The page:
The development of the Chinese tradition came from the synergy between four groups, doctors who brought the sophisticated medical theories of TCM to massage, martial arts who combined deep experience of qi with great ability to heal injuries, Bhuddist and Taoist adepts who used massage as an and laymen often blind practitioners offering massage for pleasure and relaxation.
Since the time of the Mao Zedong massage has continued to develop absorbing western ideas into the traditional framework.
In practice it is the context and objectives which distinguishes these branches.
In terms of theory and techniques they have much in common.
Around this time Chinese techniques were imported to Japan and eventually gave rise to Japanese Shiatsu.
Later still Peter Henrik Ling learned from Chinese masters before developing Swedish Massage the origin of Western bodywork.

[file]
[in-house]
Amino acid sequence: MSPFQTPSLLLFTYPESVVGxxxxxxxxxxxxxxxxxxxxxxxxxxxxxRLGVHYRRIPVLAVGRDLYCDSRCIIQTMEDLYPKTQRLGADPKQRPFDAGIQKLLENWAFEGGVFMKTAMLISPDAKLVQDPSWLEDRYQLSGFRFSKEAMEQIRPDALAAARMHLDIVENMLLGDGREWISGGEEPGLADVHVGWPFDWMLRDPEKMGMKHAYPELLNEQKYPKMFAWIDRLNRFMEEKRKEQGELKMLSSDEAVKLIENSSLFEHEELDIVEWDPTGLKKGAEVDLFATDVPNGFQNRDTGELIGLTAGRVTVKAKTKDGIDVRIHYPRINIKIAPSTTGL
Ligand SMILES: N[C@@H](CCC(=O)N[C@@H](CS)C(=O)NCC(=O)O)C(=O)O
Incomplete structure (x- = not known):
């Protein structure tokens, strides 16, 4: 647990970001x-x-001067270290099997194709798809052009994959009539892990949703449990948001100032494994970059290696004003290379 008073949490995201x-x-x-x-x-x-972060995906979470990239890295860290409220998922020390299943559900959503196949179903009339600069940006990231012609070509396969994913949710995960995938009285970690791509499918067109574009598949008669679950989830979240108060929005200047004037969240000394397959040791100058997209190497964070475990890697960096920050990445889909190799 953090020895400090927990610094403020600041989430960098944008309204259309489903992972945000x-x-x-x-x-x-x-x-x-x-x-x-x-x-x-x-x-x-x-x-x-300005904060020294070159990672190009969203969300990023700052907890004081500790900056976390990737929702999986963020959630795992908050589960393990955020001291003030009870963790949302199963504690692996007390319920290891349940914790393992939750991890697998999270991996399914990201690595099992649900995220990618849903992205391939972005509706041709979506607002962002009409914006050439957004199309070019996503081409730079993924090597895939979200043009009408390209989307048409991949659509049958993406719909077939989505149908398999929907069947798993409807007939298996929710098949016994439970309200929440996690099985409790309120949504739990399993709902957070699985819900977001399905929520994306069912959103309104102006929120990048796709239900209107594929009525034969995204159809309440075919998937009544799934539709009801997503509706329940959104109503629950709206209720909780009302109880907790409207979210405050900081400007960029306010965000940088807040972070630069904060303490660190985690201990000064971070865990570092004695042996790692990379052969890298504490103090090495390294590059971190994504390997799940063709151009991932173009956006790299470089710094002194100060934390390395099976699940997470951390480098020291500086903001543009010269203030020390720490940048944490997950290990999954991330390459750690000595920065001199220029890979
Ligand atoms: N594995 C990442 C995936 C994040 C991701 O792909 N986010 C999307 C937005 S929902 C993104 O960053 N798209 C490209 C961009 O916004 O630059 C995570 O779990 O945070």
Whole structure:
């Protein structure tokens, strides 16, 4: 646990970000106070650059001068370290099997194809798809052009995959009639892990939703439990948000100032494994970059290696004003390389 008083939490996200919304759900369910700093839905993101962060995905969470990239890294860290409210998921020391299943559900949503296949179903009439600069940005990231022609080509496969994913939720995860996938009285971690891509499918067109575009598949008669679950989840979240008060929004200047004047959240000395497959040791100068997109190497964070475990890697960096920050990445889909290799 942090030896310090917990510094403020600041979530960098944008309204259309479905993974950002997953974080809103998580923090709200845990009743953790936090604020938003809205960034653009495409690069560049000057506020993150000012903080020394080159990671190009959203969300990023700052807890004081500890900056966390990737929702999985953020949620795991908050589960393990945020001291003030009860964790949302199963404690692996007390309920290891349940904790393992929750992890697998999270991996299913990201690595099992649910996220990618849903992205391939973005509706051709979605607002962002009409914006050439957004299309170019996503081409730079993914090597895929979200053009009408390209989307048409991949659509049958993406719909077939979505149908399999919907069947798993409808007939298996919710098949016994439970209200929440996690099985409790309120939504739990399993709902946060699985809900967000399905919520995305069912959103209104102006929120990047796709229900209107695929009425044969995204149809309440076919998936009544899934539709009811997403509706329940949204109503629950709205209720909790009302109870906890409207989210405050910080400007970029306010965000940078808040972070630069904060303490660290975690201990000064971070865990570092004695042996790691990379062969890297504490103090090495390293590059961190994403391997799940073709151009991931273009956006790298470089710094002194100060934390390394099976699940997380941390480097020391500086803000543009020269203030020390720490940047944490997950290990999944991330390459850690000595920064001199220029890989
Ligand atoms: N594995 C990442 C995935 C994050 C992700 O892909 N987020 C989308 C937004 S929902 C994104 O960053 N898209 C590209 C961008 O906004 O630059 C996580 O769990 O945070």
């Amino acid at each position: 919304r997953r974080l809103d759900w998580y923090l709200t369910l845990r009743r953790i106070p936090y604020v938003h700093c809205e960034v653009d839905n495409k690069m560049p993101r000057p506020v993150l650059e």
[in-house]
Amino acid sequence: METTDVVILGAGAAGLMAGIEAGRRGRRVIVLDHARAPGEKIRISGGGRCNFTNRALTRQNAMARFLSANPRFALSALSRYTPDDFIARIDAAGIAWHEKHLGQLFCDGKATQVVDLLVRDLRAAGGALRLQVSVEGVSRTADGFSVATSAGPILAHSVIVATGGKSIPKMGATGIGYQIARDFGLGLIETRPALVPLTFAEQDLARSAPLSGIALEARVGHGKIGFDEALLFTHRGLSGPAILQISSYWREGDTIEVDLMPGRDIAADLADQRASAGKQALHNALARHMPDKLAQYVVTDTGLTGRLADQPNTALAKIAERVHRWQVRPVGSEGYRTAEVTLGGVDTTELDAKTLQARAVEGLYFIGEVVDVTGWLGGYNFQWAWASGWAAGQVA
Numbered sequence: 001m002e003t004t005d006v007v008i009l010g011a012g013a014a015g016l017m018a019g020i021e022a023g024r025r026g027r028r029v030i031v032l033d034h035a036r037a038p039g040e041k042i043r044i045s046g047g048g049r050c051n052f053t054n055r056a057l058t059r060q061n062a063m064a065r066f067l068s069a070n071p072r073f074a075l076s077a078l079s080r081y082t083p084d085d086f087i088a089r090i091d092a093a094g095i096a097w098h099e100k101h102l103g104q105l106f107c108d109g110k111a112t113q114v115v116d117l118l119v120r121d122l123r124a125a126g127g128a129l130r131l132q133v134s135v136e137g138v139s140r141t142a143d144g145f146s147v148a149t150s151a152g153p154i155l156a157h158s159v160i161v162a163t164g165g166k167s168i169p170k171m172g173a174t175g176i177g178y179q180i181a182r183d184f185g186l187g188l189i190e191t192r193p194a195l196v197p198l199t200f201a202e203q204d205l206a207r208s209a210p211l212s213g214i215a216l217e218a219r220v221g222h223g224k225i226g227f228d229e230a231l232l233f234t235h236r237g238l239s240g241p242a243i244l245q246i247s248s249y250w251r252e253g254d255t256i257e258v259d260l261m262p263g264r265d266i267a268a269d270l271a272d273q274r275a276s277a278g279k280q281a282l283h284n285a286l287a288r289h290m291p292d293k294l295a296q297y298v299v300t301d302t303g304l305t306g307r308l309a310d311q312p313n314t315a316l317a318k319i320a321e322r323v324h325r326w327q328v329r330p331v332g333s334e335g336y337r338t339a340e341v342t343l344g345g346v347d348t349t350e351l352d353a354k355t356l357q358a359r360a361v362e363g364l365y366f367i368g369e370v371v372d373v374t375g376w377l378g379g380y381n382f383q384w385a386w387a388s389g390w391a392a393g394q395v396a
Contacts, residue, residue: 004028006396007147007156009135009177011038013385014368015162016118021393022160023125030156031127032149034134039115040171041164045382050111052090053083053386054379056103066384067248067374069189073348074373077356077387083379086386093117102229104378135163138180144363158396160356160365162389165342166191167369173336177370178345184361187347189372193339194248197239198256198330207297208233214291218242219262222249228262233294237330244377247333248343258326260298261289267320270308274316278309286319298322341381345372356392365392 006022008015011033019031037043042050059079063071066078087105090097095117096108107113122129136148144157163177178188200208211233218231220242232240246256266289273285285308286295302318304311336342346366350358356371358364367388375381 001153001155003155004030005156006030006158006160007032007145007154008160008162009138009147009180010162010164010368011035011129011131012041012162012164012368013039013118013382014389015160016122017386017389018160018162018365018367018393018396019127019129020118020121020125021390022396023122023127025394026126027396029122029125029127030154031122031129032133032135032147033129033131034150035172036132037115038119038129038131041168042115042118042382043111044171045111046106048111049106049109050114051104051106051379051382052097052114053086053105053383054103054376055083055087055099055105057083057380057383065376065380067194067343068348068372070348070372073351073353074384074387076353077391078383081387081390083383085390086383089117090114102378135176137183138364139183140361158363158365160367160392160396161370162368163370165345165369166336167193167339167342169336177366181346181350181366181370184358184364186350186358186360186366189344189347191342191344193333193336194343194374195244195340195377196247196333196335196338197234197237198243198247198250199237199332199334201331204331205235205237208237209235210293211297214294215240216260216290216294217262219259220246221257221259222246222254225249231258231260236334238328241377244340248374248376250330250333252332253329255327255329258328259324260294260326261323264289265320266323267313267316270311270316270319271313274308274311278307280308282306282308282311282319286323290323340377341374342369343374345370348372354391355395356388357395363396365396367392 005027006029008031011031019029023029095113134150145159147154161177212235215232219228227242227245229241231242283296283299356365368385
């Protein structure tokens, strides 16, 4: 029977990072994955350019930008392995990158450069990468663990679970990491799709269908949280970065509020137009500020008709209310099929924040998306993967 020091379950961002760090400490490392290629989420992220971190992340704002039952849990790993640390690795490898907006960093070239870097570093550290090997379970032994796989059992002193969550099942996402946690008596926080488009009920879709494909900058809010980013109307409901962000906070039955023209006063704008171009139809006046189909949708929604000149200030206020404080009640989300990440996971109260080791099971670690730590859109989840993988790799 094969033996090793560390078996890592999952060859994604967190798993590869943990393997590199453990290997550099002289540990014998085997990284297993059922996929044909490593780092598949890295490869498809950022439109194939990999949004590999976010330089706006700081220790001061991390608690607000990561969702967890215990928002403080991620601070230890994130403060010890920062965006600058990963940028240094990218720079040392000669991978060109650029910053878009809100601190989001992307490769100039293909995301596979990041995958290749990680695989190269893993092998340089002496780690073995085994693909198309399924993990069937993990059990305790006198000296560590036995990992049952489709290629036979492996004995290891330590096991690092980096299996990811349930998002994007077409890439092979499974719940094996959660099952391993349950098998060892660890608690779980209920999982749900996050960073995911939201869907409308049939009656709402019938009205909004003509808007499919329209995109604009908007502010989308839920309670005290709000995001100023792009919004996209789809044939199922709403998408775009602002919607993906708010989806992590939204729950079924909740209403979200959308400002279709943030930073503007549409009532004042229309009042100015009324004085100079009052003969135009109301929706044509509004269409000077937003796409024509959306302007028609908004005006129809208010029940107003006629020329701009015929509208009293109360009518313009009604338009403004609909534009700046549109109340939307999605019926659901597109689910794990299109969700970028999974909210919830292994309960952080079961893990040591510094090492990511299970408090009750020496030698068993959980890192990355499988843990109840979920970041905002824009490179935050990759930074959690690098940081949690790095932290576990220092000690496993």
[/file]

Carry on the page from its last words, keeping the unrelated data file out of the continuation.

They are what defines its feel and therapeutic qualities.
– healing with direct transmission by qigong masters after many years of rigorous training and discipline.
It is widely practised and taught in hospital and medical schools and is an essential part of primary healthcare.
The astounding success of China’s athletes and gymnasts is due at least in part to the use old traditional massage in their training.
Central to all of them is the idea that massage affects not only the physical body but also the or channels and collaterals.
According to this theory the body is networked by a system of pathways which function to transport qi and blood, to regulate yin and yang, to protect against external pathogens and to link the internal organs with the exterior. What is particularly interesting is that these effects create movement in one form or another.